The darker electro influence of this winter's latest, eponymous album is embraced fully in the early stages of the show, from the reappropriation of If I Were a Boy - bass crackling like thunder, the strings and some lyrics of the Verve's Bittersweet Symphony blended in, and a chugging guitar riff buried somewhere in the mix - to the raw tumult of Bow Down, prefaced by a big-budget, grand guignol film clip portraying Knowles as a vampire queen in white face paint.

Flawless was an exercise in sheer sass and retro Bronx street chic accessorised with leather shorts, braziers burning onstage as her crew danced and she spat out that commanding “I woke up like this” chorus line, an “I am what I am” for the 2010s.

Pages could be written outside the bounds of reportage about her decision to use Nigerian author Chimamanda Ngozi Adichie's TED speech on feminism (beginning “we teach girls to shrink themselves, to make themselves smaller...” and spelled out here in rousing, ten foot tall words) and of where her own work and image fits the sentiment of such a statement, but there's no question Knowles is a model of power and control throughout, even when her muse extends to writhing atop a grand piano or grinding through the disco-soaked majesty of Blow.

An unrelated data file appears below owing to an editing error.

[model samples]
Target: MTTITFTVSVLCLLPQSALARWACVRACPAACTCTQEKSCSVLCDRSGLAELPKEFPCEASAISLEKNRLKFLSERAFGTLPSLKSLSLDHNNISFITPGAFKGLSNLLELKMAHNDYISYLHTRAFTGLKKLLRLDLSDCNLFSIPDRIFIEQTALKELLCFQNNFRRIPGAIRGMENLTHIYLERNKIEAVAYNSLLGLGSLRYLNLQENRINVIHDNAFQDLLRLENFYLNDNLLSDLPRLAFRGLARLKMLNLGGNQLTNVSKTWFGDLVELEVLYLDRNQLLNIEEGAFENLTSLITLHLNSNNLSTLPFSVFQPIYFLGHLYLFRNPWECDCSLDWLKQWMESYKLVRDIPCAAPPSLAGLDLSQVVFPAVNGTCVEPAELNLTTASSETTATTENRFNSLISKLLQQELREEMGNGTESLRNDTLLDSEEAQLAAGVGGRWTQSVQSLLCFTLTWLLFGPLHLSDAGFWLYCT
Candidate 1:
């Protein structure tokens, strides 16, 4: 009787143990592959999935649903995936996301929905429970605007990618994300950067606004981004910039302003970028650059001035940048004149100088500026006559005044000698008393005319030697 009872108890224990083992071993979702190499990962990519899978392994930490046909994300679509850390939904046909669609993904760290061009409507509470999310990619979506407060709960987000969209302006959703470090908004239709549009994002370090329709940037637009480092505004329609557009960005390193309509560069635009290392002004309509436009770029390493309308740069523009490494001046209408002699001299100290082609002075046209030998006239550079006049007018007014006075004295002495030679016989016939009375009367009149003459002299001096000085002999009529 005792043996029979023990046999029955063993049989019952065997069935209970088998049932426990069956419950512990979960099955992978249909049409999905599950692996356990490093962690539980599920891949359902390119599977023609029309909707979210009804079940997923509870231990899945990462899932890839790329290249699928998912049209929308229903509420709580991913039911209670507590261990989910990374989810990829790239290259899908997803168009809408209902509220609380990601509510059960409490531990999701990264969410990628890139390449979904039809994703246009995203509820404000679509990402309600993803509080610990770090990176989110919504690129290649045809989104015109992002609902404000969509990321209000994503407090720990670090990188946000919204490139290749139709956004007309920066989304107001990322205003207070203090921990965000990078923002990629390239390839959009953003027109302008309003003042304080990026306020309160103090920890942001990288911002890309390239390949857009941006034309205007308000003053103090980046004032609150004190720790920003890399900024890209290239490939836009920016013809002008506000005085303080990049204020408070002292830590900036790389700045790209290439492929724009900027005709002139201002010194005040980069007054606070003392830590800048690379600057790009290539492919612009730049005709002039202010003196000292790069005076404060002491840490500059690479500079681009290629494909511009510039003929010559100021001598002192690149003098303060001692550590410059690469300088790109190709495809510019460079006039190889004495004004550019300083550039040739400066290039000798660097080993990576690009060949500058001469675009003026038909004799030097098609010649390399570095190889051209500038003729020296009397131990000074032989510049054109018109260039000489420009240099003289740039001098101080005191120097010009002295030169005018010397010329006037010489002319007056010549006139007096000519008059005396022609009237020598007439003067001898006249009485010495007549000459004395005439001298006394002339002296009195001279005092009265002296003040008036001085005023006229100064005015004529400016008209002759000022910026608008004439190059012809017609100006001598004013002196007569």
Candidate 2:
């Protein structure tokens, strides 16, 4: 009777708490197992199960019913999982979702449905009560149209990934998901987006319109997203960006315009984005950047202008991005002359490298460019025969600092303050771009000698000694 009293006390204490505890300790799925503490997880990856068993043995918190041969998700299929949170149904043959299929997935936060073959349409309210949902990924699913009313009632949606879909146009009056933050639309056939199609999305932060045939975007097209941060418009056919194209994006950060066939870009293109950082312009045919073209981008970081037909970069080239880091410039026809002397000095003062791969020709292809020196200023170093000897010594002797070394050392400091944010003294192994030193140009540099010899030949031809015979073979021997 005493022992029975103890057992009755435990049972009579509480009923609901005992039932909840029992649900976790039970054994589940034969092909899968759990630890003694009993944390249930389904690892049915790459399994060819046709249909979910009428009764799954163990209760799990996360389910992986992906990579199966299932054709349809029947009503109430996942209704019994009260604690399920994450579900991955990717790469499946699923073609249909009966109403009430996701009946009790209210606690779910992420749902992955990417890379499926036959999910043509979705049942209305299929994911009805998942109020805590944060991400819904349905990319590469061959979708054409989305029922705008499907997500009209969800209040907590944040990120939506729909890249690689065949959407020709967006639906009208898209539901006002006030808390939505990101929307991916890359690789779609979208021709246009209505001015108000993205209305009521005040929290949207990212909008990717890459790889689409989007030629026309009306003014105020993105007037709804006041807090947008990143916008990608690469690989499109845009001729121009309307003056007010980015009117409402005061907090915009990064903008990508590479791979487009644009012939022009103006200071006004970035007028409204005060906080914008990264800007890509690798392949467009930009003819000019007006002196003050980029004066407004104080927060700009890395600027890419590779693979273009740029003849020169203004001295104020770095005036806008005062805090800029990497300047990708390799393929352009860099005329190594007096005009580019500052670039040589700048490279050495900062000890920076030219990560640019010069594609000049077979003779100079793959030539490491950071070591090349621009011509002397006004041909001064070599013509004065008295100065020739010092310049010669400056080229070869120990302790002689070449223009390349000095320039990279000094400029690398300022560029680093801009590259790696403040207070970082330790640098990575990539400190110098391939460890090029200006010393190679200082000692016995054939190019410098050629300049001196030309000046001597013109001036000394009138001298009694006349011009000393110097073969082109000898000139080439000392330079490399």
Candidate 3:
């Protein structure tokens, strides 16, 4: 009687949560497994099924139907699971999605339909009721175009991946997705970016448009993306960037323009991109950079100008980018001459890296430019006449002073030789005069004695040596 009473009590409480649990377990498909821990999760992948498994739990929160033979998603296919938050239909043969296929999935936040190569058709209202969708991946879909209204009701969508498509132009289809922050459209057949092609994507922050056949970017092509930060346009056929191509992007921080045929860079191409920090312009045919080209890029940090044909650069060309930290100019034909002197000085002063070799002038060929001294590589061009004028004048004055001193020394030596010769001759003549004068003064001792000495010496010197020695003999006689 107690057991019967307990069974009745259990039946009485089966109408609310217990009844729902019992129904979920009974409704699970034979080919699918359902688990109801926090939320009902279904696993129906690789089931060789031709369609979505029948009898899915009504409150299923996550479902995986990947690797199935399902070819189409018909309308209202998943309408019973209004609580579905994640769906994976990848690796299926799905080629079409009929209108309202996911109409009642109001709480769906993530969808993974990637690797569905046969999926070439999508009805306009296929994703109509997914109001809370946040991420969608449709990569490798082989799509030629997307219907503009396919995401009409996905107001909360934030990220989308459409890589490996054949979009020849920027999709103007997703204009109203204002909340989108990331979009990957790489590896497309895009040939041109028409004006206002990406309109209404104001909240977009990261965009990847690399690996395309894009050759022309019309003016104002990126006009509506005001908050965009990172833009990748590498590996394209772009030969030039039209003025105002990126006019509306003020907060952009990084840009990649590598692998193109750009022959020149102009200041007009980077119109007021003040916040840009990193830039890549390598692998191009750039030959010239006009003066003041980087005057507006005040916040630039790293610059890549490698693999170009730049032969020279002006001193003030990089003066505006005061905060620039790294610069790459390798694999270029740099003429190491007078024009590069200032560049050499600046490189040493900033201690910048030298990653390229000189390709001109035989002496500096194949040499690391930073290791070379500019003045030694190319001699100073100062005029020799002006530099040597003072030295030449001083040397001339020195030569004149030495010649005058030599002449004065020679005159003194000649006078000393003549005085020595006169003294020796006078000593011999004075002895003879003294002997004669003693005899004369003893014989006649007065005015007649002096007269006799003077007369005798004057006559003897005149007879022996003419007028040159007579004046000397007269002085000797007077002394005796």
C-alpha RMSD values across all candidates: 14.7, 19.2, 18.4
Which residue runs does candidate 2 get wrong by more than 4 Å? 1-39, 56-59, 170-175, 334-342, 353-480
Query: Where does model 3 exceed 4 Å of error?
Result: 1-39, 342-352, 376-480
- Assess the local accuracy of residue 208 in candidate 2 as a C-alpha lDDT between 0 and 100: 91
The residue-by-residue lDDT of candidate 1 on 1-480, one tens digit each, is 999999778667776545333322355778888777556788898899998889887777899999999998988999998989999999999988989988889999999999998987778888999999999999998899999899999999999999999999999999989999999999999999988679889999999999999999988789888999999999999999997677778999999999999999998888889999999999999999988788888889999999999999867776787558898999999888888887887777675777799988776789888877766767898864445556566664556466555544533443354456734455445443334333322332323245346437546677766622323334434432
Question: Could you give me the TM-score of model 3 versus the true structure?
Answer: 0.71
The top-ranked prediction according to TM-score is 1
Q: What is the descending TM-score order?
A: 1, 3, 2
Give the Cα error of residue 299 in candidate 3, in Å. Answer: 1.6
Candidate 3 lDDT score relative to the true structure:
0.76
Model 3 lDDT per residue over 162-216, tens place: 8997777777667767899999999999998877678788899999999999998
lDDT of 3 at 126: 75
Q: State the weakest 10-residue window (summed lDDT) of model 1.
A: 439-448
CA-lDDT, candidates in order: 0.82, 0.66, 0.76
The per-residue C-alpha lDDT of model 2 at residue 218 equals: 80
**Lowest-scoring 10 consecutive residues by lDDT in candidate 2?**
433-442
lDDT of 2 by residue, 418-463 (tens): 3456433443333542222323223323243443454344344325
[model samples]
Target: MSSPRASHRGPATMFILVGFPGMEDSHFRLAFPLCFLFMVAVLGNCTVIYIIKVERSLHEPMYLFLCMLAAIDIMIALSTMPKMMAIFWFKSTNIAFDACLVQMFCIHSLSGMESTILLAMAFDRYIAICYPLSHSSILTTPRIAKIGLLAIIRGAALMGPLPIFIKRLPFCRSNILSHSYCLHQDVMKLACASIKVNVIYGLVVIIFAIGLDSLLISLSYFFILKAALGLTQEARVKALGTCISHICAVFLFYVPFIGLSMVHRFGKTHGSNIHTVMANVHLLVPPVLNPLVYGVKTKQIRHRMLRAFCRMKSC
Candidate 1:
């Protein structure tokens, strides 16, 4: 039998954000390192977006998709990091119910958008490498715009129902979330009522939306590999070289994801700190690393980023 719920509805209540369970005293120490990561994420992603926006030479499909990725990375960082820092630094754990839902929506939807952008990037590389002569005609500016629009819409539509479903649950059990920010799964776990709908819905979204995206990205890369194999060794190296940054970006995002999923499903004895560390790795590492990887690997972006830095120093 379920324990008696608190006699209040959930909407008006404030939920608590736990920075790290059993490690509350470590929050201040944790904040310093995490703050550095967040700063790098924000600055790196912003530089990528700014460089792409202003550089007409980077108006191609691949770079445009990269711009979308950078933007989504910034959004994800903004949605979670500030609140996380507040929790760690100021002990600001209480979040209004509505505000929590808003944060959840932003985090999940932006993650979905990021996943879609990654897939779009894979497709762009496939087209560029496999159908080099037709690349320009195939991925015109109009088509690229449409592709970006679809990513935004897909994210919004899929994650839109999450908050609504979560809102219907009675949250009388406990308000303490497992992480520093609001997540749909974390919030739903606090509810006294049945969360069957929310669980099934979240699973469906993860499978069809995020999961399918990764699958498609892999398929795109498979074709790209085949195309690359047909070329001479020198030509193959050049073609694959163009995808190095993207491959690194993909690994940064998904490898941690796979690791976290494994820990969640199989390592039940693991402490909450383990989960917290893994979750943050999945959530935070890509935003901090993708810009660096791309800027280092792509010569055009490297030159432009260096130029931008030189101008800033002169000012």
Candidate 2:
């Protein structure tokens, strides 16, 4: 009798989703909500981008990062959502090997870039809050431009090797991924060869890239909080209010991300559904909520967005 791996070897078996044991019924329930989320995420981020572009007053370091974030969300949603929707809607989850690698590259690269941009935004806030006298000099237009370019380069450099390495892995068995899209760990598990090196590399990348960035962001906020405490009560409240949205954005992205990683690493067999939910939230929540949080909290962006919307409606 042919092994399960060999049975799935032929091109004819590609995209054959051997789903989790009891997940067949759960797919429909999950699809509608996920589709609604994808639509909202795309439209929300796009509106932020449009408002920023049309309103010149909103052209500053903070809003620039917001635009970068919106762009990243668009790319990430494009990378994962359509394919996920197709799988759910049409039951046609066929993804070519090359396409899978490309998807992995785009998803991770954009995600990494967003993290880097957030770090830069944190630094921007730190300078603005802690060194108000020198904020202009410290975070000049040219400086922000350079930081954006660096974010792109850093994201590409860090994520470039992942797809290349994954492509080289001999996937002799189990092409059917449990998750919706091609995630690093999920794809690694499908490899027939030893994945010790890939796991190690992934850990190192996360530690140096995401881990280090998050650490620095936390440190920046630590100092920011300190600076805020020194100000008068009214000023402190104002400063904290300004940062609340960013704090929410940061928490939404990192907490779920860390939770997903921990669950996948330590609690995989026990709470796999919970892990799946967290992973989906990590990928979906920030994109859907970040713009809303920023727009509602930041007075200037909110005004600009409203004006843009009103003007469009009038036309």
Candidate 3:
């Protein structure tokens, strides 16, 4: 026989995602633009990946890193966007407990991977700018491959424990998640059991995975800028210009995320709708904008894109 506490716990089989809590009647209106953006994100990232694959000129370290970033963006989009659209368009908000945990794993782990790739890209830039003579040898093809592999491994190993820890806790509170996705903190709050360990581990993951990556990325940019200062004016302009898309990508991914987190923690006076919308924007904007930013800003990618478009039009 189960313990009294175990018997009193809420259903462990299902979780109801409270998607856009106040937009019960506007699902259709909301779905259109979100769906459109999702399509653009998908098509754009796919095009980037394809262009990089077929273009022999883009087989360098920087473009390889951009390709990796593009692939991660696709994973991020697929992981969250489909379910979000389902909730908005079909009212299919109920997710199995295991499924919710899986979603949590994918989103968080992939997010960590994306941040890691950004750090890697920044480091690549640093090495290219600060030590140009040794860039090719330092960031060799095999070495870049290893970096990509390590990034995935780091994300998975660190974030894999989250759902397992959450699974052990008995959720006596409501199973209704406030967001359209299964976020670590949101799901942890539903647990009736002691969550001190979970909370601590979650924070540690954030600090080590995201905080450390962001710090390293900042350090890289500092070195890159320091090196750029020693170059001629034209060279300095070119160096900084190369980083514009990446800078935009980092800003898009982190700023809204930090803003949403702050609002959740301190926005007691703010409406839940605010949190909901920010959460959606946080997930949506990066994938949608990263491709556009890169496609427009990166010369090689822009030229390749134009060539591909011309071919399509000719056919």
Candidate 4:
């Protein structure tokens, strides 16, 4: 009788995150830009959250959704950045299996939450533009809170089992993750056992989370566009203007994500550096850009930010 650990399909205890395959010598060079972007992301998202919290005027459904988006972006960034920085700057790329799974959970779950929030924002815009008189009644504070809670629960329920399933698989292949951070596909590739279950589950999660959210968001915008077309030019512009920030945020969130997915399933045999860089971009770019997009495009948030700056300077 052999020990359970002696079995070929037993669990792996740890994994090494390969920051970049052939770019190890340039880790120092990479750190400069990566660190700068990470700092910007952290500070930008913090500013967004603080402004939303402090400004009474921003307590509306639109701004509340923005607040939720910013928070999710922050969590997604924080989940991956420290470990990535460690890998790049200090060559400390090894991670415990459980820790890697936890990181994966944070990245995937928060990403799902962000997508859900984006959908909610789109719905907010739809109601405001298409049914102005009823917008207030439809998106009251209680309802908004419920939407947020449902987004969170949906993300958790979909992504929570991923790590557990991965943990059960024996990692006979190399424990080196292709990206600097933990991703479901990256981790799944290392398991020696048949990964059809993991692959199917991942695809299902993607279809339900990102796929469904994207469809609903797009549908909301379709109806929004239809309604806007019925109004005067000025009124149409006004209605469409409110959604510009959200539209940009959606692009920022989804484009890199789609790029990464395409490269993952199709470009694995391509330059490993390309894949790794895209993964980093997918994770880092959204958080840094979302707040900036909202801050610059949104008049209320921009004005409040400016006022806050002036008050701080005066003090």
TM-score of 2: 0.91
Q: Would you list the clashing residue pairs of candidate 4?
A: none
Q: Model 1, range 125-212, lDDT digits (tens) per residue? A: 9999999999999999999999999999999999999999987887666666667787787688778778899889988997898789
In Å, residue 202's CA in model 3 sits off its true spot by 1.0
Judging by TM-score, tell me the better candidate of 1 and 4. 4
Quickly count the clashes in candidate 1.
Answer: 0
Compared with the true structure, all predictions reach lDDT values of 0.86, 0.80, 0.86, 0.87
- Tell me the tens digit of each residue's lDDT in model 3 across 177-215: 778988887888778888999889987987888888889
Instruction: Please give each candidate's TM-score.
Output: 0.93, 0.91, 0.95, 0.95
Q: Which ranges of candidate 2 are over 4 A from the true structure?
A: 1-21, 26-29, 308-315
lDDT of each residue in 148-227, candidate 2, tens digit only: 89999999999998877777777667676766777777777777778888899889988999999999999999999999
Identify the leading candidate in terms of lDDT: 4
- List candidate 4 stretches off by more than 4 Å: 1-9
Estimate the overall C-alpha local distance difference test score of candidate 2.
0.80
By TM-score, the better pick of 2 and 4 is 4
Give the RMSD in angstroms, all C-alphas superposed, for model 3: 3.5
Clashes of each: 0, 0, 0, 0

The call and response demands for more love from her crowd during Why Don't You Love Me were particularly mesmerising in their assurance, although perhaps the most telling story of Knowles' confidence in her music and performance came with shortened versions of the formation-dancing Crazy in Love and Single Ladies (Put a Ring on It) which once blew away Glastonbury and a watching nation.

In her career as with her live show, she keeps on moving on and you can't take your eyes or ears off her.

Arts and Entertainment
Over their 20 years, the band has built a community of dedicated followers the world over
music
Arts and Entertainment
The Wu-Tang Clan will sell only one copy of their album Once Upon A Time In Shaolin